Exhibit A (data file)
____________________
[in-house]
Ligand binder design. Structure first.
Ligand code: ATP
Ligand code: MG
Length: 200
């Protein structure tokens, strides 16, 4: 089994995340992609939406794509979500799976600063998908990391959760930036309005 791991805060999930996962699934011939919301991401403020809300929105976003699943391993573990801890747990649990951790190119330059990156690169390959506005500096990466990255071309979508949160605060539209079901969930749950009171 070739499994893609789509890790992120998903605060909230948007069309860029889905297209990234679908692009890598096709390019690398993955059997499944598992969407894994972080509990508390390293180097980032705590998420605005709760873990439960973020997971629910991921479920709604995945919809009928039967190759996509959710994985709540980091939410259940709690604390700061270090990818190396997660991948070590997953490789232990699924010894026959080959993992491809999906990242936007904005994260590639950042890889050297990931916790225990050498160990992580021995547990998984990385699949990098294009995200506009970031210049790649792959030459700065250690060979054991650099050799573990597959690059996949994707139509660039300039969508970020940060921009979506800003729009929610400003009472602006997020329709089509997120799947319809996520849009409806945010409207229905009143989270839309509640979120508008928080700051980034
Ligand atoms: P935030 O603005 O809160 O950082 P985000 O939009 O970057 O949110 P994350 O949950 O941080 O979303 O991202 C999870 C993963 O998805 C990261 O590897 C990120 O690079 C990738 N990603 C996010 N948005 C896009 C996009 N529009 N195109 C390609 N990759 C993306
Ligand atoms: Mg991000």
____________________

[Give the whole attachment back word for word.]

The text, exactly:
[in-house]
Ligand binder design. Structure first.
Ligand code: ATP
Ligand code: MG
Length: 200
């Protein structure tokens, strides 16, 4: 089994995340992609939406794509979500799976600063998908990391959760930036309005 791991805060999930996962699934011939919301991401403020809300929105976003699943391993573990801890747990649990951790190119330059990156690169390959506005500096990466990255071309979508949160605060539209079901969930749950009171 070739499994893609789509890790992120998903605060909230948007069309860029889905297209990234679908692009890598096709390019690398993955059997499944598992969407894994972080509990508390390293180097980032705590998420605005709760873990439960973020997971629910991921479920709604995945919809009928039967190759996509959710994985709540980091939410259940709690604390700061270090990818190396997660991948070590997953490789232990699924010894026959080959993992491809999906990242936007904005994260590639950042890889050297990931916790225990050498160990992580021995547990998984990385699949990098294009995200506009970031210049790649792959030459700065250690060979054991650099050799573990597959690059996949994707139509660039300039969508970020940060921009979506800003729009929610400003009472602006997020329709089509997120799947319809996520849009409806945010409207229905009143989270839309509640979120508008928080700051980034
Ligand atoms: P935030 O603005 O809160 O950082 P985000 O939009 O970057 O949110 P994350 O949950 O941080 O979303 O991202 C999870 C993963 O998805 C990261 O590897 C990120 O690079 C990738 N990603 C996010 N948005 C896009 C996009 N529009 N195109 C390609 N990759 C993306
Ligand atoms: Mg991000």